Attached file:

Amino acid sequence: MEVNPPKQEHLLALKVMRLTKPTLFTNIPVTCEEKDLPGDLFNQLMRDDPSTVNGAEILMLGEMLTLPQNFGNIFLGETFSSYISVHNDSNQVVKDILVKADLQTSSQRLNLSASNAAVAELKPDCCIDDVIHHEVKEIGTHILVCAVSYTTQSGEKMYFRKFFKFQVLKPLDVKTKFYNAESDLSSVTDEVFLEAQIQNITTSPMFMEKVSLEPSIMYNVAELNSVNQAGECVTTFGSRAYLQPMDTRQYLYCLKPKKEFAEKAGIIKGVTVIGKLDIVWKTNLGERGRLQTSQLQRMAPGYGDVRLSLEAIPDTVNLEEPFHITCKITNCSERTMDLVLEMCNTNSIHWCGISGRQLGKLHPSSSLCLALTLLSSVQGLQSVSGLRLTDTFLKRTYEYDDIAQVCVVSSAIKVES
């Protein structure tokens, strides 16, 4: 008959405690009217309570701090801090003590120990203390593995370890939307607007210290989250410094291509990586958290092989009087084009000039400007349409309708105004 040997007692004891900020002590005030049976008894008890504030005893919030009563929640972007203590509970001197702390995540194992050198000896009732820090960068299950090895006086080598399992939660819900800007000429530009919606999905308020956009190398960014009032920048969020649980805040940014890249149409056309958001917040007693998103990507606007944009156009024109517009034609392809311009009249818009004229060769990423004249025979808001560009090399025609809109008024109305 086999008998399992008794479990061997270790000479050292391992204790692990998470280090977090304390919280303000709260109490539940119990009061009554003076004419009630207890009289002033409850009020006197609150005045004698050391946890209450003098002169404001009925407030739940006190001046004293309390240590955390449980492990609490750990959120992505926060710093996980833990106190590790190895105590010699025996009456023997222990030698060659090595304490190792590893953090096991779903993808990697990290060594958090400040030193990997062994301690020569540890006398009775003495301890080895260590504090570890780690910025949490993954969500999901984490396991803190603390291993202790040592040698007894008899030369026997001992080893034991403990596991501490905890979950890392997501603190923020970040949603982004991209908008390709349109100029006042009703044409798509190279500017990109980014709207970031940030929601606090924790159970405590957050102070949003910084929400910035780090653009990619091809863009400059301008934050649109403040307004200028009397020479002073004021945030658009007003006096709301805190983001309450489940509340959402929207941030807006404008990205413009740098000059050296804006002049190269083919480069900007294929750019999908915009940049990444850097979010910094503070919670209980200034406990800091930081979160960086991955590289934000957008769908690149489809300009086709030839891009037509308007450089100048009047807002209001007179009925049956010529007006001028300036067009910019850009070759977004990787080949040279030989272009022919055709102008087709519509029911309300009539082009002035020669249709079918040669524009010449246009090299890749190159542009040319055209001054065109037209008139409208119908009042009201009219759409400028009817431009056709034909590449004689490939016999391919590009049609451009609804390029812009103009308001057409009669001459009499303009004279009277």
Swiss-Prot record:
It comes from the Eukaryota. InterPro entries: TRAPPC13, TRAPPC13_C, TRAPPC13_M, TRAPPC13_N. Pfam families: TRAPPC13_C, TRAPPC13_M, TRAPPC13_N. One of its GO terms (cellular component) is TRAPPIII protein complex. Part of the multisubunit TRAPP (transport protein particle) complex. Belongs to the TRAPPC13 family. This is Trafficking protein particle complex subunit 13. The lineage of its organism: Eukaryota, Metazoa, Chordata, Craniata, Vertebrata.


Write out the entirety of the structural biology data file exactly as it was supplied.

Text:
Amino acid sequence: MEVNPPKQEHLLALKVMRLTKPTLFTNIPVTCEEKDLPGDLFNQLMRDDPSTVNGAEILMLGEMLTLPQNFGNIFLGETFSSYISVHNDSNQVVKDILVKADLQTSSQRLNLSASNAAVAELKPDCCIDDVIHHEVKEIGTHILVCAVSYTTQSGEKMYFRKFFKFQVLKPLDVKTKFYNAESDLSSVTDEVFLEAQIQNITTSPMFMEKVSLEPSIMYNVAELNSVNQAGECVTTFGSRAYLQPMDTRQYLYCLKPKKEFAEKAGIIKGVTVIGKLDIVWKTNLGERGRLQTSQLQRMAPGYGDVRLSLEAIPDTVNLEEPFHITCKITNCSERTMDLVLEMCNTNSIHWCGISGRQLGKLHPSSSLCLALTLLSSVQGLQSVSGLRLTDTFLKRTYEYDDIAQVCVVSSAIKVES
């Protein structure tokens, strides 16, 4: 008959405690009217309570701090801090003590120990203390593995370890939307607007210290989250410094291509990586958290092989009087084009000039400007349409309708105004 040997007692004891900020002590005030049976008894008890504030005893919030009563929640972007203590509970001197702390995540194992050198000896009732820090960068299950090895006086080598399992939660819900800007000429530009919606999905308020956009190398960014009032920048969020649980805040940014890249149409056309958001917040007693998103990507606007944009156009024109517009034609392809311009009249818009004229060769990423004249025979808001560009090399025609809109008024109305 086999008998399992008794479990061997270790000479050292391992204790692990998470280090977090304390919280303000709260109490539940119990009061009554003076004419009630207890009289002033409850009020006197609150005045004698050391946890209450003098002169404001009925407030739940006190001046004293309390240590955390449980492990609490750990959120992505926060710093996980833990106190590790190895105590010699025996009456023997222990030698060659090595304490190792590893953090096991779903993808990697990290060594958090400040030193990997062994301690020569540890006398009775003495301890080895260590504090570890780690910025949490993954969500999901984490396991803190603390291993202790040592040698007894008899030369026997001992080893034991403990596991501490905890979950890392997501603190923020970040949603982004991209908008390709349109100029006042009703044409798509190279500017990109980014709207970031940030929601606090924790159970405590957050102070949003910084929400910035780090653009990619091809863009400059301008934050649109403040307004200028009397020479002073004021945030658009007003006096709301805190983001309450489940509340959402929207941030807006404008990205413009740098000059050296804006002049190269083919480069900007294929750019999908915009940049990444850097979010910094503070919670209980200034406990800091930081979160960086991955590289934000957008769908690149489809300009086709030839891009037509308007450089100048009047807002209001007179009925049956010529007006001028300036067009910019850009070759977004990787080949040279030989272009022919055709102008087709519509029911309300009539082009002035020669249709079918040669524009010449246009090299890749190159542009040319055209001054065109037209008139409208119908009042009201009219759409400028009817431009056709034909590449004689490939016999391919590009049609451009609804390029812009103009308001057409009669001459009499303009004279009277």
Swiss-Prot record:
It comes from the Eukaryota. InterPro entries: TRAPPC13, TRAPPC13_C, TRAPPC13_M, TRAPPC13_N. Pfam families: TRAPPC13_C, TRAPPC13_M, TRAPPC13_N. One of its GO terms (cellular component) is TRAPPIII protein complex. Part of the multisubunit TRAPP (transport protein particle) complex. Belongs to the TRAPPC13 family. This is Trafficking protein particle complex subunit 13. The lineage of its organism: Eukaryota, Metazoa, Chordata, Craniata, Vertebrata.